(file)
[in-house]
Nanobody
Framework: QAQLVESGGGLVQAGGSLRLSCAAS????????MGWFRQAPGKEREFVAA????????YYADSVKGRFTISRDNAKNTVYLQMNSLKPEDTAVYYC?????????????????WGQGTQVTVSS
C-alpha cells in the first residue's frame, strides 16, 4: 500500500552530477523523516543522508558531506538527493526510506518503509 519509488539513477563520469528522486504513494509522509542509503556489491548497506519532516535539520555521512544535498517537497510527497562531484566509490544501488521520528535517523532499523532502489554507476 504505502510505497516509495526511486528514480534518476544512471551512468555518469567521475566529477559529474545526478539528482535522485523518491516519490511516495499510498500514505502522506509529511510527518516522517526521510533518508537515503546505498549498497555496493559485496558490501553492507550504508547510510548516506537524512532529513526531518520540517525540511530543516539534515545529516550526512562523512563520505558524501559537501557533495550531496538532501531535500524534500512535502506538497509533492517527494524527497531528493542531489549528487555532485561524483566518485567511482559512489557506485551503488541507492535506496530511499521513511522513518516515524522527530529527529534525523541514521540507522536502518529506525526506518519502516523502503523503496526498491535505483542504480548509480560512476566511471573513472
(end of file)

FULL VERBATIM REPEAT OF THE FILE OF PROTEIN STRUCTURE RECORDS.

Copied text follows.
[in-house]
Nanobody
Framework: QAQLVESGGGLVQAGGSLRLSCAAS????????MGWFRQAPGKEREFVAA????????YYADSVKGRFTISRDNAKNTVYLQMNSLKPEDTAVYYC?????????????????WGQGTQVTVSS
C-alpha cells in the first residue's frame, strides 16, 4: 500500500552530477523523516543522508558531506538527493526510506518503509 519509488539513477563520469528522486504513494509522509542509503556489491548497506519532516535539520555521512544535498517537497510527497562531484566509490544501488521520528535517523532499523532502489554507476 504505502510505497516509495526511486528514480534518476544512471551512468555518469567521475566529477559529474545526478539528482535522485523518491516519490511516495499510498500514505502522506509529511510527518516522517526521510533518508537515503546505498549498497555496493559485496558490501553492507550504508547510510548516506537524512532529513526531518520540517525540511530543516539534515545529516550526512562523512563520505558524501559537501557533495550531496538532501531535500524534500512535502506538497509533492517527494524527497531528493542531489549528487555532485561524483566518485567511482559512489557506485551503488541507492535506496530511499521513511522513518516515524522527530529527529534525523541514521540507522536502518529506525526506518519502516523502503523503496526498491535505483542504480548509480560512476566511471573513472